In 2004, Kristen Johnston played one of her most unforgettable roles: ultimate New York party girl Lexi Featherston in "Sex and the City." In the aptly titled episode "Splat!," Lexi complains that "New York is OVER" and "I'm so bored I could die," only to fall out a window to her death. Johnston was on the "SatC" set for one day to shoot the minute-long scene with her good friend Sarah Jessica Parker, per Today. Yet the scene became so iconic that people still quote it. Johnston immediately got requests from people on the street to record her voice. "They were like, 'Can you be my outgoing message and say, 'New York is over!'" she said. "And that went on for like three months."

While a consummate professional who treated the role as "a performance," Johnston admitted that in retrospect, there were similarities to her life at the time. "Later looking back on it, I'm like, OK, yeah, that might have been a little uncomfortably close to who I really was." As for striking the zeitgeist at just the right moment, she admitted that it could be hard to tell. "The only thing I know for sure is whatever you think is going to be successful and change your life, won't," Johnston said. "And then whatever you're like, 'Oh, whatever, I'm just gonna shoot this little thing with a friend of mine,' all of a sudden becomes this iconic thing for the ages. So I guess the lesson is just never assume."

Kristen Johnston most recently played the role of her lifetime in Mom

Kristen Johnston continued acting during her recovery period, appearing in the films "Music and Lyrics" and "Bride Wars," and in the television series "Kim Possible" and "Ugly Betty," as well as in live theatre. During 2013's "The Exes," she admitted in a piece she wrote for the New York Times, "I've always had a special place in my heart for playing a gal with an addiction problem, even more so since I got sober." In 2018, she was given that opportunity: the role of recovering addict Tammy Diffendorf in Chuck Lorre's CBS sitcom "Mom."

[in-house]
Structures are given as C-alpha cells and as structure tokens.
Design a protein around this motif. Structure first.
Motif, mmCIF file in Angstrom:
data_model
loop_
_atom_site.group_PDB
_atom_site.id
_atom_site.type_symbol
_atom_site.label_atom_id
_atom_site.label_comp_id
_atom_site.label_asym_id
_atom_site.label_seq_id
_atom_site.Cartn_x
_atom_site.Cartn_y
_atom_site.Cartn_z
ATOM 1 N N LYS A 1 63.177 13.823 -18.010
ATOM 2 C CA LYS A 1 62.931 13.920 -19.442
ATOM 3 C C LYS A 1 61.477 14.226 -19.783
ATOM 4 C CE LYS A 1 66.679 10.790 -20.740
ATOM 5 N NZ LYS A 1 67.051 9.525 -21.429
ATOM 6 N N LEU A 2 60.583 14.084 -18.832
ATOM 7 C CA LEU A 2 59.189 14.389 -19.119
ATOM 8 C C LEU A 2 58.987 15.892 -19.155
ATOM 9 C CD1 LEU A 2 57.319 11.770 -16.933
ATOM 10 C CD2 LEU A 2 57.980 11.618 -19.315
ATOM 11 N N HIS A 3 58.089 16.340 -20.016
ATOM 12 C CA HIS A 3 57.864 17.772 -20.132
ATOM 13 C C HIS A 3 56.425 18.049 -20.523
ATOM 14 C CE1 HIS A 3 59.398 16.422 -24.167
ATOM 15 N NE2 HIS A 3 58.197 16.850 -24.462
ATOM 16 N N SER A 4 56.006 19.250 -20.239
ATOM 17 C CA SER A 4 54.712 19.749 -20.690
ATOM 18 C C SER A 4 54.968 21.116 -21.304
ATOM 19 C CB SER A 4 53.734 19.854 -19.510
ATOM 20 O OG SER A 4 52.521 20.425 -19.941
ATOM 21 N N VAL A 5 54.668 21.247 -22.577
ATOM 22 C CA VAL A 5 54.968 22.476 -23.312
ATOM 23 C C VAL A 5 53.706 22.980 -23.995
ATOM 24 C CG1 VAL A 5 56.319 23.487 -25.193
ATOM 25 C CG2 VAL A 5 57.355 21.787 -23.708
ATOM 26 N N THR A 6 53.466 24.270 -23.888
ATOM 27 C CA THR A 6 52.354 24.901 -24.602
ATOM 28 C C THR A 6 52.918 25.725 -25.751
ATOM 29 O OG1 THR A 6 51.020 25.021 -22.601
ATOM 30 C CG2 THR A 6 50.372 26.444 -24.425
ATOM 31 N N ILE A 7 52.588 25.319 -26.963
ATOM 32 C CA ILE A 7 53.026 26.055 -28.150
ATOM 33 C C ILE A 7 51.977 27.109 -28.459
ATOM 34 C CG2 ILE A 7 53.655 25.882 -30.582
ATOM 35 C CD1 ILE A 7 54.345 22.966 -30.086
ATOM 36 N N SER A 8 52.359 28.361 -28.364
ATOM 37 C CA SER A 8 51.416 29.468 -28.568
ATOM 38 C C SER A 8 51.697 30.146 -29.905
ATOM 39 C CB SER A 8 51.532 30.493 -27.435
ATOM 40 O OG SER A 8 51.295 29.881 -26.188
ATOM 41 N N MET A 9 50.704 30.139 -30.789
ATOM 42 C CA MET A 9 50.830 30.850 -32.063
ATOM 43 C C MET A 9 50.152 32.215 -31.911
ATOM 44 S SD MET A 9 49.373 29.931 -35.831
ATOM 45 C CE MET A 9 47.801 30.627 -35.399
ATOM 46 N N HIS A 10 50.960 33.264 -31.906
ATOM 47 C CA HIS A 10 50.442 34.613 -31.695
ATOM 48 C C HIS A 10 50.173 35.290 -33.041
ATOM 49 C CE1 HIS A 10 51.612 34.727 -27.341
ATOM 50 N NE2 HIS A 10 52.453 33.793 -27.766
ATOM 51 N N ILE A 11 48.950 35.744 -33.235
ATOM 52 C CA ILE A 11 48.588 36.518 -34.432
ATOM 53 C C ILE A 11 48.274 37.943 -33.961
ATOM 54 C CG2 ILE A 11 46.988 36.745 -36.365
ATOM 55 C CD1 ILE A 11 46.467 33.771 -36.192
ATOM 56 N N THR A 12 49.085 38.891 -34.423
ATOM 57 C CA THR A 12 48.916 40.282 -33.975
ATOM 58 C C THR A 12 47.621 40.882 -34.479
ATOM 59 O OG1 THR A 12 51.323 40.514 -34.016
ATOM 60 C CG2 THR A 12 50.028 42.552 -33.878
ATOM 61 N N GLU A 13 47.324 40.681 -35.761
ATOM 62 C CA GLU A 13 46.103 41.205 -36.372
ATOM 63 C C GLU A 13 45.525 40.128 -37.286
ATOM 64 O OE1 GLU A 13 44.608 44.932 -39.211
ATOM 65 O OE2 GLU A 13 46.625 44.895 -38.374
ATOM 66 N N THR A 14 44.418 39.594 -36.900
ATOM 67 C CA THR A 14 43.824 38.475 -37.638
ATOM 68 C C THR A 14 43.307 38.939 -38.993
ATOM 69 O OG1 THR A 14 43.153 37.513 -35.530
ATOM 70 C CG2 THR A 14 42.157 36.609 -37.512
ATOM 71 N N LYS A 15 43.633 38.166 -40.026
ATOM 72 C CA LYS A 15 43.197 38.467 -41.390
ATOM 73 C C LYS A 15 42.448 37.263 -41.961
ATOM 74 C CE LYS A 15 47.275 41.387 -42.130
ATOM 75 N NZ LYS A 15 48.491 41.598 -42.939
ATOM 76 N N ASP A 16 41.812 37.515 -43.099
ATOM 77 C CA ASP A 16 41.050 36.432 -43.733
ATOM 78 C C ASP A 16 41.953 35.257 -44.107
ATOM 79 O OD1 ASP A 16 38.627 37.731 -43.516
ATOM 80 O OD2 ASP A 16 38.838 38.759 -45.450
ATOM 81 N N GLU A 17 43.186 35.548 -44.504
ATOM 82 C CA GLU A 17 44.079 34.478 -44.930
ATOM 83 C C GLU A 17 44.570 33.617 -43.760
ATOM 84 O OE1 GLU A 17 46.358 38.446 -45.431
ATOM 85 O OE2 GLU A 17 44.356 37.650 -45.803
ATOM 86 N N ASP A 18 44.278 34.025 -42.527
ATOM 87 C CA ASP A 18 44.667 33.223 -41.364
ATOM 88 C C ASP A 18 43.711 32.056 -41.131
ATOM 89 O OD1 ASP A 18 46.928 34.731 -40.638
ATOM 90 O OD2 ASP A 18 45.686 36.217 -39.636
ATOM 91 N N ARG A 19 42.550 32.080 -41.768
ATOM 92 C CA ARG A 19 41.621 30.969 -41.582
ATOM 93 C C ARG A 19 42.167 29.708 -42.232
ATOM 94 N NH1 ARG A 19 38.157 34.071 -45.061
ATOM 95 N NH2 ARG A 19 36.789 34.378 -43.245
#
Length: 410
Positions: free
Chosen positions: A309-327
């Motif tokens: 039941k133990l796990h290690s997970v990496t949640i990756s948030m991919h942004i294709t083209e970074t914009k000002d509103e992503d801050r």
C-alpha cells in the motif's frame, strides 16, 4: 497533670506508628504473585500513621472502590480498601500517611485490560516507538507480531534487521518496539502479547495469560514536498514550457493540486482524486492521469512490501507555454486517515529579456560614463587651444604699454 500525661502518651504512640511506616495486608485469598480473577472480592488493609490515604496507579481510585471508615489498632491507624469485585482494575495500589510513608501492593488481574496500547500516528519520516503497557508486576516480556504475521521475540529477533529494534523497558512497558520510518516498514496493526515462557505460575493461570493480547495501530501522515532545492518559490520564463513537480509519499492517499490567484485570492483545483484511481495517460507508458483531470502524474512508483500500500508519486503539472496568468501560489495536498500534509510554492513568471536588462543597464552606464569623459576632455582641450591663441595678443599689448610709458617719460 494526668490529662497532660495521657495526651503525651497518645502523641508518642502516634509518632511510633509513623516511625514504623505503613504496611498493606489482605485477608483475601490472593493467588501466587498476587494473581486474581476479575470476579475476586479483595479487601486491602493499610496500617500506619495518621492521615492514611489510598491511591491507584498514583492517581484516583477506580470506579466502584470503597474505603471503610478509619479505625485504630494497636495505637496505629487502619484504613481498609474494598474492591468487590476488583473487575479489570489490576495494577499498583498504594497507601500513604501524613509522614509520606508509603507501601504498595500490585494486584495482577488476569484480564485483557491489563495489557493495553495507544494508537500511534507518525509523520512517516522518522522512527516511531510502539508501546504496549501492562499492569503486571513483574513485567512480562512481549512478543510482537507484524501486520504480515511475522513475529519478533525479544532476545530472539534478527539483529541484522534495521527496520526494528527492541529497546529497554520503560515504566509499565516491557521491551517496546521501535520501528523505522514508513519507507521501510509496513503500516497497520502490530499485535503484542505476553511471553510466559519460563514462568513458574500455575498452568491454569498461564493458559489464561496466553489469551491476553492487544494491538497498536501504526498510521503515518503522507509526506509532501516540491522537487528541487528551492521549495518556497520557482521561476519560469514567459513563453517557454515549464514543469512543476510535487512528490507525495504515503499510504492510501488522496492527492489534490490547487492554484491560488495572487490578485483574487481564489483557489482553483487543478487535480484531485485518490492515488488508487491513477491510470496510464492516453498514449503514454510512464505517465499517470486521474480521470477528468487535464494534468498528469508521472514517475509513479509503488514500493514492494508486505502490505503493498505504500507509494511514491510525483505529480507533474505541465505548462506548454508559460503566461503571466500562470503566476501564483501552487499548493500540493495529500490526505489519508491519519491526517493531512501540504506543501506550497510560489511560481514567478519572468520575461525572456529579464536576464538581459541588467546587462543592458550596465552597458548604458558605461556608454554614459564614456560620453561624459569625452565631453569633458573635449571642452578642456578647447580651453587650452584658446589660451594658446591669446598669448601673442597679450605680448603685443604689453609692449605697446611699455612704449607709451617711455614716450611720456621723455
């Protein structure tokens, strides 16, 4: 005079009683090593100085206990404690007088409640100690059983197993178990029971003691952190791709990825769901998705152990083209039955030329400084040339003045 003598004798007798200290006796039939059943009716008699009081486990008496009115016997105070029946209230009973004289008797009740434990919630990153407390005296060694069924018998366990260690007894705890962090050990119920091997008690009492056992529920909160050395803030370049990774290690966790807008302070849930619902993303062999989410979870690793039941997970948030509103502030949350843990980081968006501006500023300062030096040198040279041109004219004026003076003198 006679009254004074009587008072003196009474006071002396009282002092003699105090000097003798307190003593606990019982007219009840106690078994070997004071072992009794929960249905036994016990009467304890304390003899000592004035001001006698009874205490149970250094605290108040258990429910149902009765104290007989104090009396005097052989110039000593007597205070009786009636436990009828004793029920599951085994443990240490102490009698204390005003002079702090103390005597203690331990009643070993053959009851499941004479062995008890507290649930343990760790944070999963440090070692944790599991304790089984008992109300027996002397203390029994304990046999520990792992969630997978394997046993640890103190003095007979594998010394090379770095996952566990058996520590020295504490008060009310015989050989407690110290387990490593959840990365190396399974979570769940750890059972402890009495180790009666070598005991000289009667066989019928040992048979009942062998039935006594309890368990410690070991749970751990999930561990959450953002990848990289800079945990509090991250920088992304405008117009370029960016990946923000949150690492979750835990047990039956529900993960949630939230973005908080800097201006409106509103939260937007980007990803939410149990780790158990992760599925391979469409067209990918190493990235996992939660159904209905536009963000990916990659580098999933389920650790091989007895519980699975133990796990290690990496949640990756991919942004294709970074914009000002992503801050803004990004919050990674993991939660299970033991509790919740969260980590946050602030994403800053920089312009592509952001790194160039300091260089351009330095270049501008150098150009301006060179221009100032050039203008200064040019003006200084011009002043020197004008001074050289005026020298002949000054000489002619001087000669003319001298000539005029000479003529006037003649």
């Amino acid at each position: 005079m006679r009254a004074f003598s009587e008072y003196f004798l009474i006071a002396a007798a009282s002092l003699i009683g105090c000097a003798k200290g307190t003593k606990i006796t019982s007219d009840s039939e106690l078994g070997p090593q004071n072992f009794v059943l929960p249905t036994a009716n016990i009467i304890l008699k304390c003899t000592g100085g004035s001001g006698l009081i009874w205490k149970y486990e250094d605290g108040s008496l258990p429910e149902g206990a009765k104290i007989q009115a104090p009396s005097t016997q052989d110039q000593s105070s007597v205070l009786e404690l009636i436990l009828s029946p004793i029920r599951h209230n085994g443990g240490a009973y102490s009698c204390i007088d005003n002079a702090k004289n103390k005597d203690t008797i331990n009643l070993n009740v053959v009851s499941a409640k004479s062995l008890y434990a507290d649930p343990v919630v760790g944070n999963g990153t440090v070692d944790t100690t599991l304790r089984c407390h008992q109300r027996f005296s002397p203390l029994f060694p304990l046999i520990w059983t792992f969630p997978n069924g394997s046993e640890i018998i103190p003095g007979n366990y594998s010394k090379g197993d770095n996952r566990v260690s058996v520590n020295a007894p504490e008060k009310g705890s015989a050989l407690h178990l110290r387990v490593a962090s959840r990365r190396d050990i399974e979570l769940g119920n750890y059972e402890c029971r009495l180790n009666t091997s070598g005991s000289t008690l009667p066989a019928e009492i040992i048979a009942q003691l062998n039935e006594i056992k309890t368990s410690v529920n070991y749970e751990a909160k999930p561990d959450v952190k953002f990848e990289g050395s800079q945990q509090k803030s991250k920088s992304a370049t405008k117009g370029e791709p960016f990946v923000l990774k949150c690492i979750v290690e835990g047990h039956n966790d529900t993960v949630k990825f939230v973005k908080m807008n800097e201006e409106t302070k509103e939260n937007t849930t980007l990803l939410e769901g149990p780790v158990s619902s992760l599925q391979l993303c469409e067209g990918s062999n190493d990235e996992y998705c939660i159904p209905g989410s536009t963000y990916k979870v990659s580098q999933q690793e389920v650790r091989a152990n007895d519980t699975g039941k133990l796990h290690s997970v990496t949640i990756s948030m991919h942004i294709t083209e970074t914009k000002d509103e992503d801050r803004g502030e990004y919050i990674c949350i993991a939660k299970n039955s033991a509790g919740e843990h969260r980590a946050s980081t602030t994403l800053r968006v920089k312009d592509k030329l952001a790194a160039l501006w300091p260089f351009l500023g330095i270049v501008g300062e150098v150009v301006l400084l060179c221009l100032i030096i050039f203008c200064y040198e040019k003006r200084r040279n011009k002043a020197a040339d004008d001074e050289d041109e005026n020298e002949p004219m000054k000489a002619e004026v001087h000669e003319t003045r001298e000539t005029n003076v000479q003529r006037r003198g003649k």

"Mom" addresses the complicated and controversial subject of sobriety with humor and understanding. Allison Janney plays Bonnie, a person in recovery whose estranged daughter Christy (Anna Faris) is also in treatment. Tammy shows up late in Season 5 as Bonnie's former foster sister and eventual best friend. "Mom" ended somewhat unexpectedly in 2021 after its 8th season, which Johnston called "a huge bummer." "This show has been such a total joy & honor to be a part of," she tweeted. "It's been life-changing for me to be on a show that's about recovery & women supporting each other thru thick & thin."

Now more than 15 years sober, Johnston is an advocate for sobriety and decriminalizing addiction. "The depth with which addiction is misunderstood and misrepresented in this country amazes me," she wrote in the Times. Her charity Sobriety, Learning, and Motivation (SLAM) established a recovery program for New York City high school students, and she's enjoying her various roles while speaking out for addiction advocacy.

If you or anyone you know is struggling with addiction issues, help is available. Visit the Substance Abuse and Mental Health Services Administration website or contact SAMHSA's National Helpline at 1-800-662-HELP (4357).